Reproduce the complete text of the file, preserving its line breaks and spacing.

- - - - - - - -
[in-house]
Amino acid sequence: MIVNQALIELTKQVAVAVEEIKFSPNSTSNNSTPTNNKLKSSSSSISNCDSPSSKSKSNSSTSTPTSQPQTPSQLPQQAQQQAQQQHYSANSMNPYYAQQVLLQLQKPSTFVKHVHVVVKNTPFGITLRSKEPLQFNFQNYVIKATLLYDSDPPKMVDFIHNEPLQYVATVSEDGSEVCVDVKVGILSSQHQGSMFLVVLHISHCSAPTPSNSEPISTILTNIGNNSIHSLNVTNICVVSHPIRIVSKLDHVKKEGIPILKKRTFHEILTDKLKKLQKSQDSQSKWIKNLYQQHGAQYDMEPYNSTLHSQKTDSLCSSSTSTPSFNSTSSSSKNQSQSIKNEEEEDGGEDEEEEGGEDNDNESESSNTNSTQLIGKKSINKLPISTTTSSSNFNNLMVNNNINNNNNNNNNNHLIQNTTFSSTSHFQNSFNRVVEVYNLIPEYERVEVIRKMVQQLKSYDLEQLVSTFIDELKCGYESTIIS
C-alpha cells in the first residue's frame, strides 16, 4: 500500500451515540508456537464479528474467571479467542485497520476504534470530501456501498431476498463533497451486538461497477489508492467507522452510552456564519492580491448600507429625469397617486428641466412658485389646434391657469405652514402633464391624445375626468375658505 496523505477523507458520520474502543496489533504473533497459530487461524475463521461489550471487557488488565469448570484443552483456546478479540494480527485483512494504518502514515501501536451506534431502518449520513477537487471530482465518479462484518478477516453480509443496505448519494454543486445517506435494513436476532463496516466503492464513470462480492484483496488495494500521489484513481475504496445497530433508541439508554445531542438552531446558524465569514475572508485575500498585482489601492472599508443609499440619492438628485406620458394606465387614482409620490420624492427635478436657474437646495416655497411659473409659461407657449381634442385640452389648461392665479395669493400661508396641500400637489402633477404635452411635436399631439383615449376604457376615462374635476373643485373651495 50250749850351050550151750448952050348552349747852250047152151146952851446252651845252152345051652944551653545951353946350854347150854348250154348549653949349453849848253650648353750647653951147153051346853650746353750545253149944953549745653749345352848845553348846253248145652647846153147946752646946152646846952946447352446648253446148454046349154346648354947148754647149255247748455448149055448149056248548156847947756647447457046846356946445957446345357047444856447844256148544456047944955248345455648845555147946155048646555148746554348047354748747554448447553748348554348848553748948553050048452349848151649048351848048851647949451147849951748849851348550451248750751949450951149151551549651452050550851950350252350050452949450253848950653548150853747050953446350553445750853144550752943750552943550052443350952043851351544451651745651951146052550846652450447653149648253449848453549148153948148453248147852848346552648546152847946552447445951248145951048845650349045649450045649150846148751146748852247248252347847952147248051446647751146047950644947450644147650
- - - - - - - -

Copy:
[in-house]
Amino acid sequence: MIVNQALIELTKQVAVAVEEIKFSPNSTSNNSTPTNNKLKSSSSSISNCDSPSSKSKSNSSTSTPTSQPQTPSQLPQQAQQQAQQQHYSANSMNPYYAQQVLLQLQKPSTFVKHVHVVVKNTPFGITLRSKEPLQFNFQNYVIKATLLYDSDPPKMVDFIHNEPLQYVATVSEDGSEVCVDVKVGILSSQHQGSMFLVVLHISHCSAPTPSNSEPISTILTNIGNNSIHSLNVTNICVVSHPIRIVSKLDHVKKEGIPILKKRTFHEILTDKLKKLQKSQDSQSKWIKNLYQQHGAQYDMEPYNSTLHSQKTDSLCSSSTSTPSFNSTSSSSKNQSQSIKNEEEEDGGEDEEEEGGEDNDNESESSNTNSTQLIGKKSINKLPISTTTSSSNFNNLMVNNNINNNNNNNNNNHLIQNTTFSSTSHFQNSFNRVVEVYNLIPEYERVEVIRKMVQQLKSYDLEQLVSTFIDELKCGYESTIIS
C-alpha cells in the first residue's frame, strides 16, 4: 500500500451515540508456537464479528474467571479467542485497520476504534470530501456501498431476498463533497451486538461497477489508492467507522452510552456564519492580491448600507429625469397617486428641466412658485389646434391657469405652514402633464391624445375626468375658505 496523505477523507458520520474502543496489533504473533497459530487461524475463521461489550471487557488488565469448570484443552483456546478479540494480527485483512494504518502514515501501536451506534431502518449520513477537487471530482465518479462484518478477516453480509443496505448519494454543486445517506435494513436476532463496516466503492464513470462480492484483496488495494500521489484513481475504496445497530433508541439508554445531542438552531446558524465569514475572508485575500498585482489601492472599508443609499440619492438628485406620458394606465387614482409620490420624492427635478436657474437646495416655497411659473409659461407657449381634442385640452389648461392665479395669493400661508396641500400637489402633477404635452411635436399631439383615449376604457376615462374635476373643485373651495 50250749850351050550151750448952050348552349747852250047152151146952851446252651845252152345051652944551653545951353946350854347150854348250154348549653949349453849848253650648353750647653951147153051346853650746353750545253149944953549745653749345352848845553348846253248145652647846153147946752646946152646846952946447352446648253446148454046349154346648354947148754647149255247748455448149055448149056248548156847947756647447457046846356946445957446345357047444856447844256148544456047944955248345455648845555147946155048646555148746554348047354748747554448447553748348554348848553748948553050048452349848151649048351848048851647949451147849951748849851348550451248750751949450951149151551549651452050550851950350252350050452949450253848950653548150853747050953446350553445750853144550752943750552943550052443350952043851351544451651745651951146052550846652450447653149648253449848453549148153948148453248147852848346552648546152847946552447445951248145951048845650349045649450045649150846148751146748852247248252347847952147248051446647751146047950644947450644147650